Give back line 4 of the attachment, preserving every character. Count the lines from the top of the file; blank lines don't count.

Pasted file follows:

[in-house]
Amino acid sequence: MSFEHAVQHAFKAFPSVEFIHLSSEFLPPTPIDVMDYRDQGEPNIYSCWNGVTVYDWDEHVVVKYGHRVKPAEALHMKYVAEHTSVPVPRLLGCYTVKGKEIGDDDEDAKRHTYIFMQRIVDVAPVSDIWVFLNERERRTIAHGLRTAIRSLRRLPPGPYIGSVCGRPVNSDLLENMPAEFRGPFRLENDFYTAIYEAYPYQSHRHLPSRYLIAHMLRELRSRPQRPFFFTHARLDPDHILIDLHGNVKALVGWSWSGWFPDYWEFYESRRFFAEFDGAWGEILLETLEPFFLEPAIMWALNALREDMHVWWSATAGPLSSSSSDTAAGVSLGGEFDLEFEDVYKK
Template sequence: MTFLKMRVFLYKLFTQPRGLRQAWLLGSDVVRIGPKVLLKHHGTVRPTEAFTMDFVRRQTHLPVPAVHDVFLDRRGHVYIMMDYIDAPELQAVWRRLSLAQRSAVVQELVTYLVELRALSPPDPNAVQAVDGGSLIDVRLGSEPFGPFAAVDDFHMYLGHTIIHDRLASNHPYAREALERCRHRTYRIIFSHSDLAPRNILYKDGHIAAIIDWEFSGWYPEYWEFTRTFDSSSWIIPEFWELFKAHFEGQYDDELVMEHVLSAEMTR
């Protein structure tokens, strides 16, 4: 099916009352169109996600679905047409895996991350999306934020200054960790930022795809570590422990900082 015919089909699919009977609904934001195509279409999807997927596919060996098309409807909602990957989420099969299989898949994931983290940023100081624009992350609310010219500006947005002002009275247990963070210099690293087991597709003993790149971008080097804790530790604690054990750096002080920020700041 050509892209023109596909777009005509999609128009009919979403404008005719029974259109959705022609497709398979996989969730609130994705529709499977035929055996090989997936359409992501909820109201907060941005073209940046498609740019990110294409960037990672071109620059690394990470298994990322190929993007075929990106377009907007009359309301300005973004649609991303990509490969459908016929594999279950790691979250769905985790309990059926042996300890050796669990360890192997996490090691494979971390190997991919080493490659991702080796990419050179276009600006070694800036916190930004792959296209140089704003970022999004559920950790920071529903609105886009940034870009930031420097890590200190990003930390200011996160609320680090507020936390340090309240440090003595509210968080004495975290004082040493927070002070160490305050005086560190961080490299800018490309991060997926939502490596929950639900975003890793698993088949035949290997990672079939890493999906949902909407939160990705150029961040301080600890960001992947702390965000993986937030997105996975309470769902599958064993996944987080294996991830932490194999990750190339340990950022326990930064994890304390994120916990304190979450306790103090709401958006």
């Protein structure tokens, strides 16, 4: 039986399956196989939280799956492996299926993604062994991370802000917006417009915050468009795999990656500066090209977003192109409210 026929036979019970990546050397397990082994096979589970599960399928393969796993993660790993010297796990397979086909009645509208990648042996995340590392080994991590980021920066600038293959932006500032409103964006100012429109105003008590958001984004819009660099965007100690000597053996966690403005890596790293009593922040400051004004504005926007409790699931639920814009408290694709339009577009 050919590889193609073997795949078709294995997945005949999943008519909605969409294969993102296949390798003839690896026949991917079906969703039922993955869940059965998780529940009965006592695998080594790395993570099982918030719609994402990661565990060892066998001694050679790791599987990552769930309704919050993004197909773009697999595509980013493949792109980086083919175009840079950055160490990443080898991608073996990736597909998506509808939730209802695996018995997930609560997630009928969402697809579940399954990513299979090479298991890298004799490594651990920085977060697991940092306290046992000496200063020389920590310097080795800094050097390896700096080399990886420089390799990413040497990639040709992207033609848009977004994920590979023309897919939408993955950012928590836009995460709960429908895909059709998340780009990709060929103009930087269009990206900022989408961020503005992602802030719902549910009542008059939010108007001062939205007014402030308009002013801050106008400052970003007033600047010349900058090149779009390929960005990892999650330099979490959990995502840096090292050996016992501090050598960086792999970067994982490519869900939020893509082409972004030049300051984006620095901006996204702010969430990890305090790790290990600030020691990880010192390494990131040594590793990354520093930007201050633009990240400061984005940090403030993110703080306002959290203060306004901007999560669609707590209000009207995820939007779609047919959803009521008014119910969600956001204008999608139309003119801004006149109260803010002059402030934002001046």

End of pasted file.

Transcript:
């Protein structure tokens, strides 16, 4: 099916009352169109996600679905047409895996991350999306934020200054960790930022795809570590422990900082 015919089909699919009977609904934001195509279409999807997927596919060996098309409807909602990957989420099969299989898949994931983290940023100081624009992350609310010219500006947005002002009275247990963070210099690293087991597709003993790149971008080097804790530790604690054990750096002080920020700041 050509892209023109596909777009005509999609128009009919979403404008005719029974259109959705022609497709398979996989969730609130994705529709499977035929055996090989997936359409992501909820109201907060941005073209940046498609740019990110294409960037990672071109620059690394990470298994990322190929993007075929990106377009907007009359309301300005973004649609991303990509490969459908016929594999279950790691979250769905985790309990059926042996300890050796669990360890192997996490090691494979971390190997991919080493490659991702080796990419050179276009600006070694800036916190930004792959296209140089704003970022999004559920950790920071529903609105886009940034870009930031420097890590200190990003930390200011996160609320680090507020936390340090309240440090003595509210968080004495975290004082040493927070002070160490305050005086560190961080490299800018490309991060997926939502490596929950639900975003890793698993088949035949290997990672079939890493999906949902909407939160990705150029961040301080600890960001992947702390965000993986937030997105996975309470769902599958064993996944987080294996991830932490194999990750190339340990950022326990930064994890304390994120916990304190979450306790103090709401958006």